Process Node14nm FinFET14nm FinFET16nm FinFET16nm FinFET16nm FinFET16nm FinFET16nm FinFET16nm FinFET
Die Size132mm2132mm2200mm2314mm2200mm2314mm2314mm2471mm2
Transistors3.3 Billion3.3 Billion4.4 Billion7.2 Billion4.4 Billion7.2 Billion7.2 Billion12 Billion
CUDA Cores640 CUDA Cores768 CUDA Cores1152 CUDA Cores1152 CUDA Cores1280 CUDA Cores1920 CUDA Cores2560 CUDA Cores3584 CUDA Cores
Base Clock1354 MHz1290 MHz1506 MHz1506 MHz1506 MHz1506 MHz1607 MHz1417 MHz
Boost Clock1455 MHz1392 MHz1708 MHz1708 MHz1708 MHz1683 MHz1733 MHz1530 MHz
FP32 Compute1.8 TFLOPs2.1 TFLOPs4.0 TFLOPs4.0 TFLOPs4.4 TFLOPs6.5 TFLOPs9.0 TFLOPs11 TFLOPs
VRAM2 GB GDDR54 GB GDDR53 GB GDDR53 GB GDDR56 GB GDDR58 GB GDDR58 GB GDDR5X12 GB GDDR5X
Bus Interface 128-bit bus128-bit bus192-bit bus192-bit bus192-bit bus256-bit bus256-bit bus384-bit bus
Power ConnectorNoneNoneSingle 6-Pin PowerSingle 6-Pin PowerSingle 6-Pin PowerSingle 8-Pin PowerSingle 8-Pin Power8+6 Pin Power
TDP75W75W120W120W120W150W180W250W
Display Outputs1x Display Port 1.4
1x HDMI 2.0b
1x DVI
1x Display Port 1.4
1x HDMI 2.0b
1x DVI
3x Display Port 1.4
1x HDMI 2.0b
1x DVI
3x Display Port 1.4
1x HDMI 2.0b
1x DVI
3x Display Port 1.4
1x HDMI 2.0b
1x DVI
3x Display Port 1.4
1x HDMI 2.0b
1x DVI
3x Display Port 1.4
1x HDMI 2.0b
1x DVI
3x Display Port 1.4
1x HDMI 2.0b
1x DVI
Launch DateOctober 2016October 2016September 2016TBD13th July 201610th June 201627th May 20162nd August 2016
Launch Price$109 US$139 US$199 US$199 US$249 US$379 US$599 US$1200 US
HIS Radeon RX 480 Features A Custom IceQX2 Cooler And An Intelligent Fan Control Software

 

Test System

With the cards briefly out of the way, let us jump into the test rig we’re using. No we’re not using our 6 core i7 test rig this go around as this entire article is being written from the comfort of a beach front hotel room and I couldn’t take all that with me. Instead this is all being done in my personal gaming rig. One thing about my personal rig I’m using is that I feel it is a fairly typical setup for these graphics cards, albeit the form factor is a bit non typical.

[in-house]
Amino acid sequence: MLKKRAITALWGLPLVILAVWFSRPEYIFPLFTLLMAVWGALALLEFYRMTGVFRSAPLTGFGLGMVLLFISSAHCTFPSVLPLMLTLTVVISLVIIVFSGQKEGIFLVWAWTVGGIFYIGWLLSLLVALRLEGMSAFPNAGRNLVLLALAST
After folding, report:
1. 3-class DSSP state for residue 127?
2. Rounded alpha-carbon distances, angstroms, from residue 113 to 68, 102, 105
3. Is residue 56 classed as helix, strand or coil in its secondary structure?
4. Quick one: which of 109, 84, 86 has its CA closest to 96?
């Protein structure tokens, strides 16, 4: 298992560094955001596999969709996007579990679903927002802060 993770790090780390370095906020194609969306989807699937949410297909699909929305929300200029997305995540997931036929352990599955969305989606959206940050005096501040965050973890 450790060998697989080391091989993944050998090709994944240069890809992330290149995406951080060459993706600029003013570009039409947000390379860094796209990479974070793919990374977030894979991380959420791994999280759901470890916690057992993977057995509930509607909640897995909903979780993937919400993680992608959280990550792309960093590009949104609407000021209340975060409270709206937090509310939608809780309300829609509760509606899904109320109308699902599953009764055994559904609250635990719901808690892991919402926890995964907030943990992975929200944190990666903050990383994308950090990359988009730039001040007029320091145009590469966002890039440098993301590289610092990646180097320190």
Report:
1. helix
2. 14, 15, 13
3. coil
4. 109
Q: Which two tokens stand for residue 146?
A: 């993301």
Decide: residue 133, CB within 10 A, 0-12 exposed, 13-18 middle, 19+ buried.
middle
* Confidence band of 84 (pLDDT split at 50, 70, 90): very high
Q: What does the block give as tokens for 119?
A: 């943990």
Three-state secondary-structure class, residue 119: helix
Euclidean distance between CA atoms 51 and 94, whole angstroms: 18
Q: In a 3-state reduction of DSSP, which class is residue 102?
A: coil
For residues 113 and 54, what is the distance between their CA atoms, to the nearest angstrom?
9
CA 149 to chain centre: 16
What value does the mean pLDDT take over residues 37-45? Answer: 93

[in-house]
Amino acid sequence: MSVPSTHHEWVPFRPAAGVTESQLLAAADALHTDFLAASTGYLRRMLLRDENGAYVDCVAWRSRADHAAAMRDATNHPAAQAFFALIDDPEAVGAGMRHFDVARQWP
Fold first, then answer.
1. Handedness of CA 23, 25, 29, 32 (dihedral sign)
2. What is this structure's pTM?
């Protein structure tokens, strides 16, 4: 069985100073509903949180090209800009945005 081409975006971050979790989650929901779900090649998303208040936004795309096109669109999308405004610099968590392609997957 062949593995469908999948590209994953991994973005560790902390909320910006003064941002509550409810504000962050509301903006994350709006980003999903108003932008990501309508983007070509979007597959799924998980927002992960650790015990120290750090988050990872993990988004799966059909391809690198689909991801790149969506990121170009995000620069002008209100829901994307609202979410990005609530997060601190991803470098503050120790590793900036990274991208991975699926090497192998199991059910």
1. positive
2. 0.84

Intel Core i5 6600k Test System

CPUIntel i5 6600k (4Ghz)
Case/PSUEVGA Hadron and 500w PSU
GPUXFX RX 480 8GB OC, NVIDIA GTX 1060 FE
HDD2TB Seagate SSHD
Memory16GB (2x8) G.Skill Trident Z 3200Mhz
MotherboardEVGA Z170 Stinger
SSDCrucial MX100 512GB

 

 

Testing Methodology

To touch on the testing method throughout this write up I am working with PresentMon to draw accurate results from the frames being displayed to draw the Frame times and from there we were able to get the frame rates. Each title in this includes several bits of information. Starting off with the game we’ve recorded the instance that is being used for the benchmarks in the exact way that we took the measurements so that you know exactly where and how we tested. Next we’ve included all of the settings for each game so that you can replicate this for yourselves if you so wish. Next, and this is something I want to improve on in the future, is the Average FPS. I haven’t learning the proper formula for extrapolating the 99th and 99.9th percentile results yet. Because of that little road bump I’ve taken the entirety of the frame rates from each run and plotted them on a graph that depicts FPS over time. Hopefully this will shed a little more light on the results instead of simply a number, but also allow for you to visually compare one card to the next.  All tests were run at 1080p.